Typical late-20th Century lines of the Hembrug Ergonomic hard-turning lathe. This example is ex-Boeing Aircraft Company
Available in all-inch or all-metric versions and with cost, features and performance in the same class as the better-known Hardinge HLV-H and Monarch 10EE lathes the 12-inch swing by 15-inches between centres "Ergonomic" was intended not so much for general work but the specialized application of "hard-turning". The subject of much continuing research, hard-turning involves the use of diamond or other exotic tooling in a precise, rigid set-up that allows very hard materials to be finished in a single operation that leaves them with a surface finish equal to, or better than, that obtained by conventional cylindrical grinding.
In keeping with its intended performance this early example of a Hembrug hard-turning machine was only 60-inches long and 24-inches deep it still weighed an impressive 2750 lbs, well over one ton, and had 36 speeds, driven by a 3.2 kW (4 h.p.) 3-phase motor, that spanned, in geometric progression, a useful 18 to 3550 r.p.m. The 2-speed motor and initial 9-speed gearbox were in the cabinet base (to help isolate vibrations) with a 2-speed "backgear" in the headstock and the drive on top speed arranged to be direct by twin V-belts without the involvement of gears--the vibrations of which might otherwise have caused imperfections in the surface finish. The 17/16" (37 mm) bore spindle ran in super-precision bearings and carried a D-4" Camlock nose with a 5C collet adaptor.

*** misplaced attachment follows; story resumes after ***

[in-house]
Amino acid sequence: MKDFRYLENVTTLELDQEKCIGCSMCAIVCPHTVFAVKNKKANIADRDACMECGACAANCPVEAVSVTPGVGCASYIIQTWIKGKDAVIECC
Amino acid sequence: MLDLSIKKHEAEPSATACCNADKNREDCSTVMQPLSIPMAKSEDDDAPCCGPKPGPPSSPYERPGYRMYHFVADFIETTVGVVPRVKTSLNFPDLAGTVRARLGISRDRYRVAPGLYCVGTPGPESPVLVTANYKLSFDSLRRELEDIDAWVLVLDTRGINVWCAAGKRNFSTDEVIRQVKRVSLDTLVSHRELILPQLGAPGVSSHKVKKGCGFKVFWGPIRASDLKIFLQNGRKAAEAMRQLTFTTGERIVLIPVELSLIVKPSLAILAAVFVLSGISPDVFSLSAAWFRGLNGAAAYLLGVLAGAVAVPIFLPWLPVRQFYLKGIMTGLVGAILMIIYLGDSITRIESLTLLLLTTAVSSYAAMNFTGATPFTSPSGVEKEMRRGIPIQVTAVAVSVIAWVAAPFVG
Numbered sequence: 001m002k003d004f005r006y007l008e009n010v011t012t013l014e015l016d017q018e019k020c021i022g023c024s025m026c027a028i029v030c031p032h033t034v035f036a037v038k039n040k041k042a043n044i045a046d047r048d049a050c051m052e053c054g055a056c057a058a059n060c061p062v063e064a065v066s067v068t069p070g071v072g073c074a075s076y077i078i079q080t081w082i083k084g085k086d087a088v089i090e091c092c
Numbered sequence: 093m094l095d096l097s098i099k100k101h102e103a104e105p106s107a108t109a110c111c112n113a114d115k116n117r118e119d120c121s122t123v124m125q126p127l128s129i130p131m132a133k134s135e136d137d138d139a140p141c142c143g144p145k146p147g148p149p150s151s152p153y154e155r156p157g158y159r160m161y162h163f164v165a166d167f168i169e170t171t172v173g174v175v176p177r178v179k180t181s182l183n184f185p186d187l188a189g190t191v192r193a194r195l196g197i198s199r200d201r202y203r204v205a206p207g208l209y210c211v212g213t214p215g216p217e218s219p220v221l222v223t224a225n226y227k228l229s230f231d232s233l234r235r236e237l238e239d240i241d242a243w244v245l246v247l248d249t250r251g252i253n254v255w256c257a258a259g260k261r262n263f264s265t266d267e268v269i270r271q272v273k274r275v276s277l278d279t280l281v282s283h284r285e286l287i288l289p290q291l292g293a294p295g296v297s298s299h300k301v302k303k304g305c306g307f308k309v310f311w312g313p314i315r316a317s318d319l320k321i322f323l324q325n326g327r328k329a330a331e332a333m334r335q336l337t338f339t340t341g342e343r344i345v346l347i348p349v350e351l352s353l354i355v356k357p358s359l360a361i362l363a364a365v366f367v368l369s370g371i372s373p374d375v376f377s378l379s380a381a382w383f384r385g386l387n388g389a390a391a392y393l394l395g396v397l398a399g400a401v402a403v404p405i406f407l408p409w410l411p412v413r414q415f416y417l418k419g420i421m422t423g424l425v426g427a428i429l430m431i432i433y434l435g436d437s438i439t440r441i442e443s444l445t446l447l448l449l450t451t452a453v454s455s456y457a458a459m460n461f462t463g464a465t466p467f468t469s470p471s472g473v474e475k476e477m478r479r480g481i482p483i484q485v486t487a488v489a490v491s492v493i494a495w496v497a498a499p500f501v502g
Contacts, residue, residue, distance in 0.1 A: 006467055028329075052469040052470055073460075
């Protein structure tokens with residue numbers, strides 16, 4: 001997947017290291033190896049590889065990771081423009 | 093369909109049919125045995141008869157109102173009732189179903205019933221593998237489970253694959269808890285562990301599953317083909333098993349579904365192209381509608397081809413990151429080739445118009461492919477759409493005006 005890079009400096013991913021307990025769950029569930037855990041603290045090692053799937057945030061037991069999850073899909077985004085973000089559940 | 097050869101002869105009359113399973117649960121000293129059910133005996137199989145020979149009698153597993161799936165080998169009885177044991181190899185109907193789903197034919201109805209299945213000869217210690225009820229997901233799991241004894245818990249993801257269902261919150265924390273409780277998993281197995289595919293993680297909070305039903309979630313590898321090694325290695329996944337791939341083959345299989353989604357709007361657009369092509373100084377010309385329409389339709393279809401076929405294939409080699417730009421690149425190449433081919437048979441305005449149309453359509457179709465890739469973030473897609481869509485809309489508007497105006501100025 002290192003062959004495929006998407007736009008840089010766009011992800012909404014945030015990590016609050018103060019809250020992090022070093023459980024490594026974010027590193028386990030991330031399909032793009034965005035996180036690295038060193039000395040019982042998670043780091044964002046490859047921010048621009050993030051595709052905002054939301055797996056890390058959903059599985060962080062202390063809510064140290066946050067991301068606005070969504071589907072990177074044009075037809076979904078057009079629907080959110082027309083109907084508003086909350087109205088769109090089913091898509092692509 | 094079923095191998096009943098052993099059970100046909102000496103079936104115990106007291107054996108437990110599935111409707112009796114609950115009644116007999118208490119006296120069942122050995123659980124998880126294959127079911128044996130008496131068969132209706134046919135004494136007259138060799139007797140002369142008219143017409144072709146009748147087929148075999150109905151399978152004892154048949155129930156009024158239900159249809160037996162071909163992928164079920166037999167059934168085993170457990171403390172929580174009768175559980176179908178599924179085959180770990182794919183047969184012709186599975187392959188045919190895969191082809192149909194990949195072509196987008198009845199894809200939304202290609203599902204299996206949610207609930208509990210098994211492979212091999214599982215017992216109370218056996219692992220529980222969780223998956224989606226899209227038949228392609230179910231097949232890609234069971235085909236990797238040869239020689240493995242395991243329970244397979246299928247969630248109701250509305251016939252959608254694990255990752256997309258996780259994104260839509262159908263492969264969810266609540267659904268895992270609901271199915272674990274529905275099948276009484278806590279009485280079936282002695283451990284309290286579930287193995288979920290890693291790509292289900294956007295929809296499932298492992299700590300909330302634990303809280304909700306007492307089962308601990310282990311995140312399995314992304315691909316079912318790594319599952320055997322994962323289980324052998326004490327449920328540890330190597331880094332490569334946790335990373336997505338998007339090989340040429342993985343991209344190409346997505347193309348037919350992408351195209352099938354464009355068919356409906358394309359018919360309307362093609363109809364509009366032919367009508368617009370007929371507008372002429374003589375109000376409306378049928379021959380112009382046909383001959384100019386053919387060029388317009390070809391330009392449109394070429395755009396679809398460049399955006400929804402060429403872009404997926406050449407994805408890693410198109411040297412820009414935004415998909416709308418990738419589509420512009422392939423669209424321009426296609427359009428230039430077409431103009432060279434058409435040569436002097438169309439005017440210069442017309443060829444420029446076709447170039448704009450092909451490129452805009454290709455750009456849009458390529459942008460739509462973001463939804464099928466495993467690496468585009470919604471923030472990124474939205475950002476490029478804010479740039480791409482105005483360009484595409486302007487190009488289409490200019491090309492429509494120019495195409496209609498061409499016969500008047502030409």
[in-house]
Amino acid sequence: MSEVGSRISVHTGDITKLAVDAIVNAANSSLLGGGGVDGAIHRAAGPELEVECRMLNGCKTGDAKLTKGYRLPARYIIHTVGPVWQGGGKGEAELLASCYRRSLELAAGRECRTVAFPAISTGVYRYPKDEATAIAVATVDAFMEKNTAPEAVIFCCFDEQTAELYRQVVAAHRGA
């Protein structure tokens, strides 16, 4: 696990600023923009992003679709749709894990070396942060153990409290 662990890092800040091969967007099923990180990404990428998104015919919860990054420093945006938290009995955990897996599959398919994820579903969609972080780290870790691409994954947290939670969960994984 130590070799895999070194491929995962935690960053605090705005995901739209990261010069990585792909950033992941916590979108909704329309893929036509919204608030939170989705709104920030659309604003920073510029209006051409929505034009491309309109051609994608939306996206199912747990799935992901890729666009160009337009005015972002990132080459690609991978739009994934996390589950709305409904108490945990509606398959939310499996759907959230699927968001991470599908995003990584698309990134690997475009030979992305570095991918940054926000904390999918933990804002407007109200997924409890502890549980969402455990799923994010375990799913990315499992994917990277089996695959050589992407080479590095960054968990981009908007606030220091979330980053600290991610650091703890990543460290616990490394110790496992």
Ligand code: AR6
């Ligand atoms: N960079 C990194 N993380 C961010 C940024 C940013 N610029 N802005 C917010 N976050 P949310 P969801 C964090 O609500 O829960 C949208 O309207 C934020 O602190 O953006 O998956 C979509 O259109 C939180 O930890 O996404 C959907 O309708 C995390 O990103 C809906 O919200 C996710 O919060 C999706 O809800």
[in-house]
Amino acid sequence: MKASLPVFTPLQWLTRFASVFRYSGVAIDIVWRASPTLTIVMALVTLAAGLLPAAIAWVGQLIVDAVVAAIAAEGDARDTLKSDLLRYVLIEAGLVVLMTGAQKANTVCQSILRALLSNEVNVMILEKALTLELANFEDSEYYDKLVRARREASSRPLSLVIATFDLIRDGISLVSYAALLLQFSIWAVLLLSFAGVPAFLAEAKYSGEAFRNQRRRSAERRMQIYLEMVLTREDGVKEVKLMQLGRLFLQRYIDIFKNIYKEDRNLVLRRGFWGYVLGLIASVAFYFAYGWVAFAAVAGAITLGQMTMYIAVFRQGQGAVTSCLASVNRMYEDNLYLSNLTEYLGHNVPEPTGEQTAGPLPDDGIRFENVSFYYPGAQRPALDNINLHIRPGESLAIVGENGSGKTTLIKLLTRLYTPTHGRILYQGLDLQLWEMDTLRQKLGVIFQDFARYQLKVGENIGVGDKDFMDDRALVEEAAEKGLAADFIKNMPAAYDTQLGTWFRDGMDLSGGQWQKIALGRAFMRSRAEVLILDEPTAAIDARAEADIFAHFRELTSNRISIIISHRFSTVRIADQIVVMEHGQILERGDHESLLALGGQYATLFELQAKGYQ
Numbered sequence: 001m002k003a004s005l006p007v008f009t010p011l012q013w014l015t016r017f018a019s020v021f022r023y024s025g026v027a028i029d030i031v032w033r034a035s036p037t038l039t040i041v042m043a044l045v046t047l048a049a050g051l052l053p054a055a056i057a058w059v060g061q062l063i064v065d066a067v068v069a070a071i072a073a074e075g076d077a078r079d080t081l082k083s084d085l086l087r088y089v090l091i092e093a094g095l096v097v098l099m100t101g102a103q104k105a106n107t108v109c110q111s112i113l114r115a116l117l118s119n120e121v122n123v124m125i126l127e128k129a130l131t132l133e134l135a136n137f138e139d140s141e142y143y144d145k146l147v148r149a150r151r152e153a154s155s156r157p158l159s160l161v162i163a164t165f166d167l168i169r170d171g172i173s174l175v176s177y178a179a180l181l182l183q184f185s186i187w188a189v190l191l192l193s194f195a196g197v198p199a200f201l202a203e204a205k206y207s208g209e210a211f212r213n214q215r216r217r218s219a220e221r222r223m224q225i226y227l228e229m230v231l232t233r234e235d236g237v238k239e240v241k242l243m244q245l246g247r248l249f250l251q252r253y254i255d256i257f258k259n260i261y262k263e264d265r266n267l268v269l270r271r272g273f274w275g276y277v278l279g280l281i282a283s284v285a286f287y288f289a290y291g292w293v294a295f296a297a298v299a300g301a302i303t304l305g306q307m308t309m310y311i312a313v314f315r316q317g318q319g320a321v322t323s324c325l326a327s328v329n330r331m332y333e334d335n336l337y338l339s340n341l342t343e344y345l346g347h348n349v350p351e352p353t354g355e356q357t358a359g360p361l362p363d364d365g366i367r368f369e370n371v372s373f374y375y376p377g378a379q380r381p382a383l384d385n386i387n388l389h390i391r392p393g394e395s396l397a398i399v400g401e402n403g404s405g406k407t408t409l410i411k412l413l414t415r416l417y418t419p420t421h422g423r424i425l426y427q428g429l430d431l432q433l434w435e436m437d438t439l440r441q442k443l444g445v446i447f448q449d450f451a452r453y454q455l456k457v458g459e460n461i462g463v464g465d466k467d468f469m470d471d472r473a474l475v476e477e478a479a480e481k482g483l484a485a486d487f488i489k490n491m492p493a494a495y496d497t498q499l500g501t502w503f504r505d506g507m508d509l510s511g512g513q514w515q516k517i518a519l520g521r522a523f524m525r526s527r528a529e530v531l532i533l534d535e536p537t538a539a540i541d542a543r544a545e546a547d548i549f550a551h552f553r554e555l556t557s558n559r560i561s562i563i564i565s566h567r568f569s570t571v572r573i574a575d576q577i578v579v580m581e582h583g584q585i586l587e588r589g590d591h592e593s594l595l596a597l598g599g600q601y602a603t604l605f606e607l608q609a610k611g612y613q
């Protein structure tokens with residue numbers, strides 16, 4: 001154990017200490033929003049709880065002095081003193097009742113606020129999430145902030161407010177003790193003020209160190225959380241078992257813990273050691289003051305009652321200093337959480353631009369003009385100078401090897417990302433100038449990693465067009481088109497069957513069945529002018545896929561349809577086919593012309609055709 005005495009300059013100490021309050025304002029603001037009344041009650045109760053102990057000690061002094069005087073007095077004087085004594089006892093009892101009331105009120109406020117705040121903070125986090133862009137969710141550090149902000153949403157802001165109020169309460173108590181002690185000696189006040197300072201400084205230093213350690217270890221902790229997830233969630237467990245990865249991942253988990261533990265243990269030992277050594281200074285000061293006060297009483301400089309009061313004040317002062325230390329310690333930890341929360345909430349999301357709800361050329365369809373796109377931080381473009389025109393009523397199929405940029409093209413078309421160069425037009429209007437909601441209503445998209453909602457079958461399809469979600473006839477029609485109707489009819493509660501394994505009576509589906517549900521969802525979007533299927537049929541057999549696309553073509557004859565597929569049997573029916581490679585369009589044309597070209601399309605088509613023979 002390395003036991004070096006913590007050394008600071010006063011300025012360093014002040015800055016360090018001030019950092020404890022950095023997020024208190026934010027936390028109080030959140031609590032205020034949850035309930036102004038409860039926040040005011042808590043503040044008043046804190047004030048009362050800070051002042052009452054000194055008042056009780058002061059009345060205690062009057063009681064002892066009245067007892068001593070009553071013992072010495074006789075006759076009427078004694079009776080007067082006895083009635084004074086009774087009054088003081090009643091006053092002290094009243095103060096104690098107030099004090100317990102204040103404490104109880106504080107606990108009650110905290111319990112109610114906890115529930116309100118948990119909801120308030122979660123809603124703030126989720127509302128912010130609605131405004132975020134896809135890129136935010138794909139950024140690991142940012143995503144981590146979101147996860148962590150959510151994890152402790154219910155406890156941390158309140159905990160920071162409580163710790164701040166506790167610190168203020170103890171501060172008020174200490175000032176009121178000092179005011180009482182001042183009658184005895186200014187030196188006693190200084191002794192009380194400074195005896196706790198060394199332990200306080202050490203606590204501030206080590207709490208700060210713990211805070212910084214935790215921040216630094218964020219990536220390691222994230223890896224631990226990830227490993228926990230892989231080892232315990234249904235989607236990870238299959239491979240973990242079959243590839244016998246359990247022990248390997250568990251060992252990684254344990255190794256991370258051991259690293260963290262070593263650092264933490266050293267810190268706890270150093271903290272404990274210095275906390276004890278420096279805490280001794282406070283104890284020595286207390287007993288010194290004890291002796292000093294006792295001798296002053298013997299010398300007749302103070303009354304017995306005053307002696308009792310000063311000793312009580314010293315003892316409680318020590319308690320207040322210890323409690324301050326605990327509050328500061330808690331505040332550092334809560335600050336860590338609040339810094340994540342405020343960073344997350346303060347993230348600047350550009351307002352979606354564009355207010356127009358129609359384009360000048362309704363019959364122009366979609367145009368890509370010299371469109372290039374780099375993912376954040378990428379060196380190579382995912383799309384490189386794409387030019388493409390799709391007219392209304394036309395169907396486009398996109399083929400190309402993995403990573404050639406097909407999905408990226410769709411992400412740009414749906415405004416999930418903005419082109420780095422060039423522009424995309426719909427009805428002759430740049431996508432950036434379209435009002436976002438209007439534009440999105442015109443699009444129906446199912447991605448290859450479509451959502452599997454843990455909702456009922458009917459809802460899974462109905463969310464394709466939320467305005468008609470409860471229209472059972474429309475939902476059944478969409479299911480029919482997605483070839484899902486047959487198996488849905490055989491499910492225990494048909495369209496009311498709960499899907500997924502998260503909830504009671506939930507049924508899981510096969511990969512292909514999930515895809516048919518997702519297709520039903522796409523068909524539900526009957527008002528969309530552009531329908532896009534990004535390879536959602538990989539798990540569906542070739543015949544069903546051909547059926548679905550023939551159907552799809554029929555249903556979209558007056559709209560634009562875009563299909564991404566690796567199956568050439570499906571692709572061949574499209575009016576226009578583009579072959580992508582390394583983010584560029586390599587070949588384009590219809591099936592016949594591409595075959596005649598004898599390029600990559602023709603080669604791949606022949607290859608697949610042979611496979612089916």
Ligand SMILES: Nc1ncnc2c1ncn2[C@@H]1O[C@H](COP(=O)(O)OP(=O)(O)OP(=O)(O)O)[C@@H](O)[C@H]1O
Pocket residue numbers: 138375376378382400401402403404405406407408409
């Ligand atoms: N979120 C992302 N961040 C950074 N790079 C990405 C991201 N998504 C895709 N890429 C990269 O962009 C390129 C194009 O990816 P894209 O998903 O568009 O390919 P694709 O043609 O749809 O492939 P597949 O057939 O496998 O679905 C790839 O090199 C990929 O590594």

Heavily constructed, the carriage featured a saddle the front section of which was half as long as the hardened, flat-topped bed - so giving an enormous bed-to-saddle contact area with consequent benefits to rigidity and slow, even wear. The compound slide rest was of conventional design, though with extra-wide slides and very clear, large-diameter zeroing micrometer dials with decently-size knurls to help oily fingers get a secure grip. Unfortunately the carriage-traverse handwheel was in plastic which, whilst a material perfectly suitable for the job, was not one able to withstand careless knocks in the workshop
Although intended for specialist work the lathe was fully equipped for ordinary centre lathe tasks with a feeds and screwcutting gearbox and power cross feed working through a fully-covered 6 t.p.i leadscrew. Although the screwcutting box allowed for only 18 inch pitches or feeds a large set of 1.5 module (metric) changewheels was provided to extend this to cover all common pitches. The brackets carrying the changewheels were of a simple but ingenious design that employed slotted arms made from steel plate (as also used by Schaublin and Cromwell), with gears mounted on their pivot points and on the stud used to link them together where they crossed.
Of straightforward design, the apron incorporated power sliding and surfacing feeds with selection by a rotary dial and engagement by a single, easily operated snap-in-and-out lever (up for longitudinal, down for surfacing) that did not "load up" as heavier cuts were taken.
With a No. 3 Morse taper spindle and zeroing micrometer dial the tailstock was locked to the bed by a conventional lever-operated over-centre cam..